Friday, March 23, 2012

I Work-out?

An Honest Review of the Dailey Method

There is nothing quite as humbling as signing up for an elite work-out class in Suburbia.  I'm not saying that like it's a bad thing.  Humbling experiences are cathartic for the psyche.  I'm not in terrible physical shape.  I walk everywhere.  I do yoga 3 days a week.  I am from good strong Polish stock and although I'm short, I'm not at all waify.  But this class is filled with strong, beautiful, albeit high-maintenance women.  These are the kind of women who do their hair BEFORE they work-out.  Seriously.  They wear rarely repeated, expertly coordinated, brand-name (and I don't mean Gap) yoga attire that is not only skin tight but has gaps and mesh exactly where I have love handles and a slight muffin top; the kind of women who actually procure spots in the front with mirror visibility and do cardio in the morning BEFORE they come to class.

Basically, the latest greatest workout studio since TaeBo has come to Suburbia.  It is touted as body sculpting and life-changing.  A combination of tiny movements using variations of Pilates, barre work ballet, and yoga.  Those women who look amazingly lean and toned, if asked how, a good number of them will go into a late-night infomercial worthy expose' on how fantastic the Dailey Method is.

The studio offered a free class on opening weekend and since I love to keep up with current trends (and I love things that are free), I went to the class.  At 7:00am.   It was insanely challenging.  My legs shook for most of the class and then for the next 5 hours (I wouldn't admit this in a court of law, but most likely it would have been safer for me to drive home drunk).  I'm pretty sure that it was my monthly were-wolf time because before my muscles even recovered, I had signed up for their promo.  Normally it is $20 a class (they don't even have a pool), but they were offering 6 weeks unlimited for $100 as a new store special!  I figure that I can do ANYTHING for 6 weeks and this class would get my ass in gear (quite literally, they do a lot of posterior toning).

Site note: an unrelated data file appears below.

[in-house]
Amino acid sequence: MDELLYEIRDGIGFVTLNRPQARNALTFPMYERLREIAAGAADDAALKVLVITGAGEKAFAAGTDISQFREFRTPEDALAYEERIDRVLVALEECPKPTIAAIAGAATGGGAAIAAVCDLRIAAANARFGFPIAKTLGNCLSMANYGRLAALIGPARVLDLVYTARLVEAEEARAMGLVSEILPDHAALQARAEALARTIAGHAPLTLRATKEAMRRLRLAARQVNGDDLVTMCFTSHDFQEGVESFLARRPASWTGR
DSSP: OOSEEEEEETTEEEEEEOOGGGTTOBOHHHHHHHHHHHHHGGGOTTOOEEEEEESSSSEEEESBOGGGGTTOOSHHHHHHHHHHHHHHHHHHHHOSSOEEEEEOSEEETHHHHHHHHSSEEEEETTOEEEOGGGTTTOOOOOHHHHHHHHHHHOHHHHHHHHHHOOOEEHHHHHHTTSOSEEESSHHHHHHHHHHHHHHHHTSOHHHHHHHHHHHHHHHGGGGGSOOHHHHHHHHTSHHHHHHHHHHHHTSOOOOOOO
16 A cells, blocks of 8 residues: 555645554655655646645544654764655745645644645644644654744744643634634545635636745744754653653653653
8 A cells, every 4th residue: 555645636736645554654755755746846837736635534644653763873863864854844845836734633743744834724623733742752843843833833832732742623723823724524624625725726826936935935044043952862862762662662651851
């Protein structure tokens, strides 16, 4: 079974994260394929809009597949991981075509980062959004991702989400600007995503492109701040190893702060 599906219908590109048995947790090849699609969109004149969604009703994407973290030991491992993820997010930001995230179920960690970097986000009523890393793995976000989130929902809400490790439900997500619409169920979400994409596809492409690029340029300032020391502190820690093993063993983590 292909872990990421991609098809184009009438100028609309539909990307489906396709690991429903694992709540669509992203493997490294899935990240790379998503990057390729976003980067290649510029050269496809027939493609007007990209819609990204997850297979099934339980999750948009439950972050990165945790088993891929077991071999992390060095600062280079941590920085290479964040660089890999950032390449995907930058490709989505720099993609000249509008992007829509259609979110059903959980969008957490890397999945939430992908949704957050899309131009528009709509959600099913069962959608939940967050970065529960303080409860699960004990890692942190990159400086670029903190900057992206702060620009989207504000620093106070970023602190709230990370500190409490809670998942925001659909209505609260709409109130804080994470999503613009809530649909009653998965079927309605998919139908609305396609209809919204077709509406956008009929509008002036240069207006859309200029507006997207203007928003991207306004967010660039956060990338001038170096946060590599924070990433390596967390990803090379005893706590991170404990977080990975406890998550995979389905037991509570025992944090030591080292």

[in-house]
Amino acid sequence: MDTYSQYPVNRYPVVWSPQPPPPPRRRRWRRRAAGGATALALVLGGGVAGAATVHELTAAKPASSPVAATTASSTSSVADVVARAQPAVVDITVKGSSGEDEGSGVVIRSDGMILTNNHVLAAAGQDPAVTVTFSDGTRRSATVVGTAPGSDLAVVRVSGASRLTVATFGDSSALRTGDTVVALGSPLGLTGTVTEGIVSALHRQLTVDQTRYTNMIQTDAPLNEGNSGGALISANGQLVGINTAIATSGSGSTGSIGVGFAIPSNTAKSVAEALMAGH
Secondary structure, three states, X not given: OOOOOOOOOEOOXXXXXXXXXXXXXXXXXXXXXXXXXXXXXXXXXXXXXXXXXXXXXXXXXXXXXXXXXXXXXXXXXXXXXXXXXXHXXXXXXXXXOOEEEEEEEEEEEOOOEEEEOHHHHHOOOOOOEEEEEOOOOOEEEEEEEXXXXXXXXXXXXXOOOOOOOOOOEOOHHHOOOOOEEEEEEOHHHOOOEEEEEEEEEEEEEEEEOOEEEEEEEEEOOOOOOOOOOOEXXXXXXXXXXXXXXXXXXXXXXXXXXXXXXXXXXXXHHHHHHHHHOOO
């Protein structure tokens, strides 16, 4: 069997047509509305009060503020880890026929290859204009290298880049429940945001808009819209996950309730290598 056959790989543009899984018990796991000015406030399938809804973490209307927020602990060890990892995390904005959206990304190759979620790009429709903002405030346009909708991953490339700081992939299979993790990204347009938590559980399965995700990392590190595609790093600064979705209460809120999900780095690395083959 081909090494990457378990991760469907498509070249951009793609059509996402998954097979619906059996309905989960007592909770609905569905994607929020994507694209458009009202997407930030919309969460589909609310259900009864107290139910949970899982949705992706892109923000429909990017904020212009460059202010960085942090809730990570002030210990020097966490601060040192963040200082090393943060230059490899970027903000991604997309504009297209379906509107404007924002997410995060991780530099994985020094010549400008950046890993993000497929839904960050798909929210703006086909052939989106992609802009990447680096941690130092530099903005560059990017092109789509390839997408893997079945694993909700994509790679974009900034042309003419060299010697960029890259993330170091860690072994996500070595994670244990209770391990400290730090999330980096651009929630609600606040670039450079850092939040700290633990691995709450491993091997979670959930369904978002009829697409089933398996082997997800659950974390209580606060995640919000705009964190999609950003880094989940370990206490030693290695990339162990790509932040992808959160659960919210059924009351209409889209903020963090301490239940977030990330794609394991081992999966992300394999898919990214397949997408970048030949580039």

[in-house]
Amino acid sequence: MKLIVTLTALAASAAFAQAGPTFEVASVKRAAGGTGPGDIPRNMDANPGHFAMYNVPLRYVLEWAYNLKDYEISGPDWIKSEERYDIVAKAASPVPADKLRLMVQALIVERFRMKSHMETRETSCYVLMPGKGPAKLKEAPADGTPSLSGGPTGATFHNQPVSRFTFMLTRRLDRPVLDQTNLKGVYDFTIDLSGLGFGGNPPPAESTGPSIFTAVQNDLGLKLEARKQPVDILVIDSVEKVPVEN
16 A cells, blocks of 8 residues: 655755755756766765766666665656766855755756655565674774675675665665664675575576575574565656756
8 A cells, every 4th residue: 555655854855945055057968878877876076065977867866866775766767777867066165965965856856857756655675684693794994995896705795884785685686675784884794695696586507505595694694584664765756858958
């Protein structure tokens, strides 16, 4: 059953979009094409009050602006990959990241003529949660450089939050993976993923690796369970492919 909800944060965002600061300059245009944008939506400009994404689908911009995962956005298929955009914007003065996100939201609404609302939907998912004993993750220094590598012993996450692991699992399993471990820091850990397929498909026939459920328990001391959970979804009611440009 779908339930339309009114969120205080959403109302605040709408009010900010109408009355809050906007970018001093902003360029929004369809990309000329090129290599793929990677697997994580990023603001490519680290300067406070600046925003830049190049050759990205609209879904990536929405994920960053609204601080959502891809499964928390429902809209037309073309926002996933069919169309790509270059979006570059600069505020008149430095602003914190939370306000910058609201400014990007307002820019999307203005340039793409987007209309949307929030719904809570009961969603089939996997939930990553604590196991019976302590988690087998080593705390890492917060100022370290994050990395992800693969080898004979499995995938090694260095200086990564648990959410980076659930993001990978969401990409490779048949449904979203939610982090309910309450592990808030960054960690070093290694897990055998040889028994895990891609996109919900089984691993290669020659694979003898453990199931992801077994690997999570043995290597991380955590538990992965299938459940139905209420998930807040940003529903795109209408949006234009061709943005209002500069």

Classes are good for me.  If I'm at home with a tape DVD, I really don't push myself.  In a class, firstly the instructors adjust your position correctly and MAKE you work until you would normally collapse (that is a good thing).  Secondly, the person next to you is straining and swearing but sticking with it, and it would be embarrassing to just give-up and walkout.  Thirdly, it was $100 (which is a lot of money at this stage of my life).  Fourthly, my stomach muscles separated with the pregnancies and c-sections.  My "abs" do this weird / painful tenting thing whenever I try to do core work.  I've spent the last 10 years ignoring it and just capitulating that my previously naturally flat belly has gone the way of Sizzler and Circuit City, never to be seen again. These instructors are helping me be mindful on how to repair my core without surgery and I can honestly see the muscles pulling together and getting better.

Anyway, for the first 5 classes, I literally came home and soaked in Essential Oils and Epsom Salts for an hour**.  The next 5 classes, I was just exhausted but now, I'm feeling sore but energized.  The women who teach and go to the classes are not "my kind of women" (*please read disclaimer below).  I'm sure they look at me and only see insurmountable potential for The Ultimate Make-Over (if only they had a blow-dryer, some accessories, and a plastic surgeon) but that said, they are all very endearing and I don't feel judged, I just feel stretched.  

And I've learned something.  Those women that I secretly roll my eyes back at because they wear a tiny triangle bikini to the local pool even though they have little kids... they work REALLY hard to be able to do that.  I don't blame them for wanting to show off all this effort.  Now I still think it is rather silly but that is just because my frugal self can't imagine paying that much money for so little fabric, but I did gain a little solace in the fact that these women don't come by it naturally; they put in a lot of energy, time, & money into have that perfectly toned, tanned, and smooth body.